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NLP in Suicide Prevention | Grass Roots NLP
Submitted by Craig on Sun, 05/07/2017 - 03:23

A Story from Mark Andreas:

A good buddy of mine was having another in a string of bad days, so on a particularly poignant hunch, I stopped by his place and knocked on his door. He refused to answer the door at first, and my hunch was confirmed... After a few minutes of coaxing, he emerged with a knife in hand, having contemplated doing himself harm. I knew all the reasons were real enough for him.

The threat of suicide is a serious matter, and I never take a threat lightly, having watched too many of my own family, friends and neighbors attempt suicide, and two of my neighbors had "succeeded" while their parents were home.

Tonight, I was able to walk the proverbial second mile with my buddy, listening while pacing, and then able to lead the discussions away from content to new contexts. He had a thousand grievances but he did not resist as we shifted the focus from the problem to the process.

I noticed that his eyes were glued downward, so we began with a metaphor of finding figures in the clouds overhead. First of all, it got him to look up, and then we were able to explore how many ways there are of seeing things differently... from each other, and from moment to moment.

Together, we played with submodalities, we swished from feeling bad to feeling good, we dissociated and ran over the boundaries of today's episode, playing the movie backward and very fast and from the perspective of a fly on a goalpost 100 yards away, until it was drained of its gravity. We created a brighter future in his own terms, and associated him into it, giving him powerful reasons to continue living. We also worked out some strategies for facing some of the shame he felt from a certain female in his life. The physiological shifts from cutting himself to having a purpose were powerful, as were the shifts in the underlying neurology.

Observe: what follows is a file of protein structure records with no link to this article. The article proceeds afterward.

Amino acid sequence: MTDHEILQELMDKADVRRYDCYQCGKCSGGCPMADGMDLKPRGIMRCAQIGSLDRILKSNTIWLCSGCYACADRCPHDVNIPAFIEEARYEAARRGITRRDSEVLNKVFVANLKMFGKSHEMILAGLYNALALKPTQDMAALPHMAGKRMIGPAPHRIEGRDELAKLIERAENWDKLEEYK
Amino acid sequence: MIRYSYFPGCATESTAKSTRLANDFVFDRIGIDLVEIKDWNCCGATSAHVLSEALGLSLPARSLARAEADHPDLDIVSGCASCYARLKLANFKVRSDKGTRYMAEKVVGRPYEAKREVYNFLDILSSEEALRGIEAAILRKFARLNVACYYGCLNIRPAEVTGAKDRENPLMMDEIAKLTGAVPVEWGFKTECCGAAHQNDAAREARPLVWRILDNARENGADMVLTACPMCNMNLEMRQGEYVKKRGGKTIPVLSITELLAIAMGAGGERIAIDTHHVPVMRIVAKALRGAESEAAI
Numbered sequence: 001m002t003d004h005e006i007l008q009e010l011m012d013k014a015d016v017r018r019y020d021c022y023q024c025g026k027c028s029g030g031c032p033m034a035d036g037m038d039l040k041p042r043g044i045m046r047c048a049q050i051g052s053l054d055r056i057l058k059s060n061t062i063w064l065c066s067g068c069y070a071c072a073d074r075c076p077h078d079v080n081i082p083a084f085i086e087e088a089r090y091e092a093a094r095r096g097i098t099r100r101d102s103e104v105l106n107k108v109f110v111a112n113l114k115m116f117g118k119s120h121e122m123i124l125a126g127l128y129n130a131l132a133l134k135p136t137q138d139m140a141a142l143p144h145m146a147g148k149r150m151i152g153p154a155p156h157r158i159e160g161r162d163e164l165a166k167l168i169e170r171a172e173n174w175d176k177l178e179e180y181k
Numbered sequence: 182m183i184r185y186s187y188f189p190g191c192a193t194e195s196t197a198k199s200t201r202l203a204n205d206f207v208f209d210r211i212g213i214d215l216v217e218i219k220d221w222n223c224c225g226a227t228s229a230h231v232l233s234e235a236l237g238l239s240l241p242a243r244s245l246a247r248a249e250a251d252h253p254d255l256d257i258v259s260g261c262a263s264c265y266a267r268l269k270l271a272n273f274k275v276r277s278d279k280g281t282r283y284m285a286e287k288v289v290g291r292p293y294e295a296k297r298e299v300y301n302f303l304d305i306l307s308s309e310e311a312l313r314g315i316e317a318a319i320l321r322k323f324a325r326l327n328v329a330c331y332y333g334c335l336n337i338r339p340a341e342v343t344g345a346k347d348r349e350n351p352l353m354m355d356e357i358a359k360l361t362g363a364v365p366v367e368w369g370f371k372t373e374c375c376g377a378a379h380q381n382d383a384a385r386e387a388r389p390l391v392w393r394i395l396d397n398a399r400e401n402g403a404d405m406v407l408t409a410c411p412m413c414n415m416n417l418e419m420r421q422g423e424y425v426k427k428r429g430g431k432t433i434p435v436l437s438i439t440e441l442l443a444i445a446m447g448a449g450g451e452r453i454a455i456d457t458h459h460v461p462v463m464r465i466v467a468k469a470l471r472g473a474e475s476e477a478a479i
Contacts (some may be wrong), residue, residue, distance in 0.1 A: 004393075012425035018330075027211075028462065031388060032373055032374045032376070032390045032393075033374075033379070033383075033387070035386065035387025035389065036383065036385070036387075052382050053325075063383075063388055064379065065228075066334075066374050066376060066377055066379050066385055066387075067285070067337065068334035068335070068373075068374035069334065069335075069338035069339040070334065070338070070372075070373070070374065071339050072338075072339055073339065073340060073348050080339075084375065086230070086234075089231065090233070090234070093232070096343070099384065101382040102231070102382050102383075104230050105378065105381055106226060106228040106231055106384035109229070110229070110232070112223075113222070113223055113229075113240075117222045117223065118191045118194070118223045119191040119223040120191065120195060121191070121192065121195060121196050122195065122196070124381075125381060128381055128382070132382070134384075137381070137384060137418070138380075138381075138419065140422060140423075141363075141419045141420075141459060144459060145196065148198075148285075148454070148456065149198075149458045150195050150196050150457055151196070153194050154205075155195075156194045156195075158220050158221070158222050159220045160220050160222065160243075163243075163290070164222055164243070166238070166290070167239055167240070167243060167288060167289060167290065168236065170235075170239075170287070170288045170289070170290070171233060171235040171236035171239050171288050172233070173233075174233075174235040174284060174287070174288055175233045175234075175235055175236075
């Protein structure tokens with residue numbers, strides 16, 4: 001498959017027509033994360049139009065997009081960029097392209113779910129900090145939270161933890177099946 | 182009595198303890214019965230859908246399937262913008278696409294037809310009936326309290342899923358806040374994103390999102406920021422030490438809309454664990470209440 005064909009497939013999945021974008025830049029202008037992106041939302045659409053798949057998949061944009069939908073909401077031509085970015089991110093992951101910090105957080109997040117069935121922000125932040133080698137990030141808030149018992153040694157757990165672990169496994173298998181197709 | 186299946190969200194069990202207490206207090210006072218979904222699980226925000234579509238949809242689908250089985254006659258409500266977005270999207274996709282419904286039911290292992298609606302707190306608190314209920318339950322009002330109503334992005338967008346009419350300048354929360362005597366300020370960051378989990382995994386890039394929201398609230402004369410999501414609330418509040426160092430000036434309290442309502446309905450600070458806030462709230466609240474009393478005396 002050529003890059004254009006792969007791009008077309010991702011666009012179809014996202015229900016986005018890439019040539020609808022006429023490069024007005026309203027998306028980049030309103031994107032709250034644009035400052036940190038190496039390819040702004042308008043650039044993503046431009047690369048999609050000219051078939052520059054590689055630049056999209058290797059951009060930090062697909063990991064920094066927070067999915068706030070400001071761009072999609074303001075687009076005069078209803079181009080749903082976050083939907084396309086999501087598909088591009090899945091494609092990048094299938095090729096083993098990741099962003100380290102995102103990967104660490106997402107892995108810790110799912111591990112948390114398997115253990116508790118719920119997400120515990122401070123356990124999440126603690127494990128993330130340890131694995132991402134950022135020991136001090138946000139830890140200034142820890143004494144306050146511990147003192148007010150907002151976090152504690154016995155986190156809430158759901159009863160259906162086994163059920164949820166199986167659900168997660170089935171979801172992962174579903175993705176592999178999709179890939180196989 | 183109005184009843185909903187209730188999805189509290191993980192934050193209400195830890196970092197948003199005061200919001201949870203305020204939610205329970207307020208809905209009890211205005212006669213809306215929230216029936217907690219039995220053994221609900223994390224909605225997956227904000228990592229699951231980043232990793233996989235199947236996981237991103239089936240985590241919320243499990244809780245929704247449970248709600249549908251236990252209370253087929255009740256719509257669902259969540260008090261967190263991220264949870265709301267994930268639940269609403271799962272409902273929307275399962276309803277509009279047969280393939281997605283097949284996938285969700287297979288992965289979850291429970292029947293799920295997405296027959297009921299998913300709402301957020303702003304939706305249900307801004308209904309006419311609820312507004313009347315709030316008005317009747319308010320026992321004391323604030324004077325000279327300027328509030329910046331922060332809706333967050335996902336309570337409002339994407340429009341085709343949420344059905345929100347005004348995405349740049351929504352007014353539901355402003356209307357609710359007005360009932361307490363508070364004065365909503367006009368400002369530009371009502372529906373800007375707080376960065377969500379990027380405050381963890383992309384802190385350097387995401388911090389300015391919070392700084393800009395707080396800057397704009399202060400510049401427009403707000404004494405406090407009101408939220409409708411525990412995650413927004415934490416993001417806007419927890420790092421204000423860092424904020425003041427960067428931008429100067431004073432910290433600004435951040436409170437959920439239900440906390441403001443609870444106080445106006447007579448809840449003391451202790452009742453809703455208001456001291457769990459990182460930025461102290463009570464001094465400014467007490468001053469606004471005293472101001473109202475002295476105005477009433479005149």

I know from experience that follow up is going to be required to generalize this work and test it in the real world when nobody will be around to rescue him from his thoughts but himself. It's been true in my experience that people who actually do kill themselves do so not at the bottom, but after some improvement, and perhaps a backsliding episode... a disappointment.

Even after future pacing, and rehearsing his strategies to change his state the next time he gets down and alone, I know he'll need support. I'll be checking in, helping him with any backsliding, tuning up his strategies, and celebrating any wins or gains.

NLP is not just for fun, folks. It can save lives.

Comments

NLP is no guarantee of success in suicide prevention. If you or a friend have suicidal thoughts, seek professional help, and establish an educated and vigilant support network to help get the suicidal person back on their feet again. NLP skills can come in handy to help a person break state, swish to more resourceful thoughts, but often a person's ecology must also change for the better.